On Father’s Day my husband, daughter, and I went on three different outings: disc golf, pickleball, and birding. All three are mild physical activities, done outside, and requiring different skillsets. They also provided me with a wonderful insight into how important it is to maintain a beginner’s mindset for optimal fun.
Disc Golf Reminded Me of the Beginner’s Mindset
We started with a “practice hole” at North Park, since our daughter had never played before. I wasn’t sure how my wrist would do. My first throw went perpendicular to the intended direction. I have zero control. I’ll have to throw leftie. Unfortunately, I pitched the next disc into the street. Mortified, I considered walking the tiny course as a spectator. Not once did I think, With my injured wrist, it’s like I am a complete novice. Better change strategies.
Meanwhile, my husband (who played a lot of golf and disc golf in the past) hit the chain basket in par 3. Mine took twelve. I used to be able to throw way harder and farther. Why bother? I can’t win; I can’t even compete. My wonky throwing will only slow us down.
Comparison Squashes Fun
Uh oh. You can see where this is headed. To quote Lost in Space, season 1 episode 10, “Danger, Will Robinson!” I fell prey to comparing, competing, and creating faulty expectations. When would a novice — injured at that — ever beat someone skilled? I was asking all the wrong questions. I’d fully succumbed to GAP thinking. (If this is new to you, please see previous posts about Dan Sullivan’s book, the Gap and the Gain.)
As my daughter linked her arm through mine and we returned to start the first hole “for real,” I quickly constructed a new narrative with different goals: be outside, share a new experience with my family, practice throwing straight, and improve from the previous hole.
For the next few holes, as my husband continued with par 3’s, I focused on my own efforts. When my score dropped from 12 to 8 and then 7, and I straightened out the disc’s flight path, I smiled. I was learning. I was improving. This was fun. When we left, I wanted to keep playing. We’d arrived in the Gain.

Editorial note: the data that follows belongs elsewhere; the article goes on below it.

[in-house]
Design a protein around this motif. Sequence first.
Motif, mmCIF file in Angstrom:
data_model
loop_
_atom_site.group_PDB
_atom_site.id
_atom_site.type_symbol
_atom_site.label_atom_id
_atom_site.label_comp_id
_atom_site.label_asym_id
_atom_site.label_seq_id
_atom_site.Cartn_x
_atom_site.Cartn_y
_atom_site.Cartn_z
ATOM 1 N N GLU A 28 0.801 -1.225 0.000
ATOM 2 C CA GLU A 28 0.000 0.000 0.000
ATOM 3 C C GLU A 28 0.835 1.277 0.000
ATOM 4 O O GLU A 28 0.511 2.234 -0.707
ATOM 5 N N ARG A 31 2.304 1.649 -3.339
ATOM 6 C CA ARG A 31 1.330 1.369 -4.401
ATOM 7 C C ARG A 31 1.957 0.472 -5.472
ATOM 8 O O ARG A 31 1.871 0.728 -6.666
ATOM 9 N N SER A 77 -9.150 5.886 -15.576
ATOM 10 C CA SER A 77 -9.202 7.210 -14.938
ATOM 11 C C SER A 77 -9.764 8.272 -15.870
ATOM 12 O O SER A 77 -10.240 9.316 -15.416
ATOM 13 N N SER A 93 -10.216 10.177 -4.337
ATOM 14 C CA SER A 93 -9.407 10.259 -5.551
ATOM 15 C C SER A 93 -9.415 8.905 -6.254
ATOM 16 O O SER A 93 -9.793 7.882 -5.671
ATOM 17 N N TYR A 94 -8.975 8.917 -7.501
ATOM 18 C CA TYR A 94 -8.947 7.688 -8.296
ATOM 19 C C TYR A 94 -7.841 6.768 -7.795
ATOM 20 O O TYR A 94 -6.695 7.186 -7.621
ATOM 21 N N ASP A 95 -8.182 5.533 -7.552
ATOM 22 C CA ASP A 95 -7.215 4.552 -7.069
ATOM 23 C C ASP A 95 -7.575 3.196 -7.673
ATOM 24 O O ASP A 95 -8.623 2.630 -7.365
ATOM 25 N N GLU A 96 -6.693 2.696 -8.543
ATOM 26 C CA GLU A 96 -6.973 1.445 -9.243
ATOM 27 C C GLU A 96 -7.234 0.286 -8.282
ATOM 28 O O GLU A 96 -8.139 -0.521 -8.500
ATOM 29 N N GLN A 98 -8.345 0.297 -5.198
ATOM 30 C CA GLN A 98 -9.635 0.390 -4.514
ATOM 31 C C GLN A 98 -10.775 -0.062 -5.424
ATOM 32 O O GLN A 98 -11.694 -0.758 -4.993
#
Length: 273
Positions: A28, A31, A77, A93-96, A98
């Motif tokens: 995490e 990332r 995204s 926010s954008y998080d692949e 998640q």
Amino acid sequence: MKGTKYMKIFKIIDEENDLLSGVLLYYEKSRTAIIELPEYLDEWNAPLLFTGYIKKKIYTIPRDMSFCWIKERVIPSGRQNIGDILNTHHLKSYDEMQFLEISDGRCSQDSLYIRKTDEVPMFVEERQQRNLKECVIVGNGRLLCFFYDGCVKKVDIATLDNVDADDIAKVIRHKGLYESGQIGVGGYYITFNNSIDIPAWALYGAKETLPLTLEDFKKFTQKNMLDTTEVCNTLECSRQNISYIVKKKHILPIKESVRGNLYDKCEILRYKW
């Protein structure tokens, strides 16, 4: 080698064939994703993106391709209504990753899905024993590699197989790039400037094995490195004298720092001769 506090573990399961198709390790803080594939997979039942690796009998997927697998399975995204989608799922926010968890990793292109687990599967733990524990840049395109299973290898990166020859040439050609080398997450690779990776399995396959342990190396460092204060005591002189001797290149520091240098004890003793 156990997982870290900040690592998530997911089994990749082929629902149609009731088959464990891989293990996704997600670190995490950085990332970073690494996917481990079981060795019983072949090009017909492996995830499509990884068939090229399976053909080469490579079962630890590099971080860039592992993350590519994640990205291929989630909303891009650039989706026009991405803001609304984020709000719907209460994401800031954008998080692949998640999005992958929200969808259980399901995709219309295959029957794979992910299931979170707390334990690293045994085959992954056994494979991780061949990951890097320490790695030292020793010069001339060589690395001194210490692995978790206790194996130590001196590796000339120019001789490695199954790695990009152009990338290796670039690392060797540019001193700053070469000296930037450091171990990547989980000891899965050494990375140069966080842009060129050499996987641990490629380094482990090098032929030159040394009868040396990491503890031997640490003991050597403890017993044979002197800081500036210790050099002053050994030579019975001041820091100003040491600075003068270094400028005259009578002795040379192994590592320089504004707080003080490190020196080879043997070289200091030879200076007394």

Pickleball and Lack of a Beginner’s Mindset
Second, we tried pickleball, something none of us had played before. I’d never even heard of it until a hiking buddy (CW!) and writing partner (AC!) both mentioned playing. My racquet experiences extended to squash, ping pong, badminton, and tennis, but the whiffle balls don’t bounce much and take some getting used to. We watched a two-minute video on the basics and set out to play with our brand-new equipment.
As with disc golf, I tried using both hands. This time, I could hit with the right, but each contact sent a zing up my wrist. Good rehab, I convinced myself. My husband played on one side, and my daughter and I teamed up on the other. Our only goal was to try it out, kind of like we hit the badminton birdie in our backyard with no net.
Competition Reduces the Joy
After we’d volleyed for a few minutes, laughing about the short racquets and balls that don’t bounce, a kind stranger approached and offered to teach us the rules. A fourth! Why not? Unfortunately, this meant fewer opportunities for each of us to hit, and that darn competition thing returned. My daughter got frustrated and left, while my husband and I stayed a few more minutes, hoping to pick up a few useful tips. “Dinking” turned competitive; fun morphed into work.
When we finally located our daughter hanging out by a stream, she said she’d be happy to try disc golf again, but not pickleball. At least not if we’re going to repeat what had just happened. The lesson, at least in our family: competing before you have mastered basic competencies reduces the joy.
Birding and Chasing a Rarity
Our final adventure of the day was to Marymoor Park in Redmond to try to spot a rare species, the blue grosbeak, which had only been seen north of Oregon three times in Ebird.org‘s recorded history. Birding is a solitary endeavour — you generally don’t want scores of people disturbing the birds you want to see — yet when there are rarities in the area, it can become quite a social event.
My husband is a Master Birder through Seattle Audubon. He also has countless hours of practice with a 500mm lens, taking photos of birds in flight. Here, I knew from the outset what my expectations were: Spot the blue grosbeak. Secondary? Get a photo. Hard enough since birds are wild and unpredictable.
I also knew there would be dozens of other birders with far more experience looking for the same bird. In this case, it would help me to get a glimpse. I simply went along for the ride to absorb whatever knowledge everyone else shared. The result? I enjoy birding with people who know a lot more than I do. While I can maintain a beginner’s mindset, I can also help teach any others who know less about it than I do. Win-win.
The Take-away Lessons
Today’s ramblings reminded me of four key points:
- For optimal fun, whimsy and play, maintain a beginner’s mindset
- Establish realistic expectations, as that leads to staying in the Gain
- Compete only with yourself, while you establish basic competencies, or risk squelching your joy
- Learning can be challenging. For optimal learning, cultivate a beginner’s mindset
If there is something you have wanted to try, explore it with a playful, childlike, and curious mindset. Find someone who can guide you in a gentle, non-competitive way. Give yourself permission to be a complete novice, without judgment or embarrassment. Share your experience in the blog comments. And as we approach Blog posts 45-50, if you have topics you would love to have me explore, please suggest them.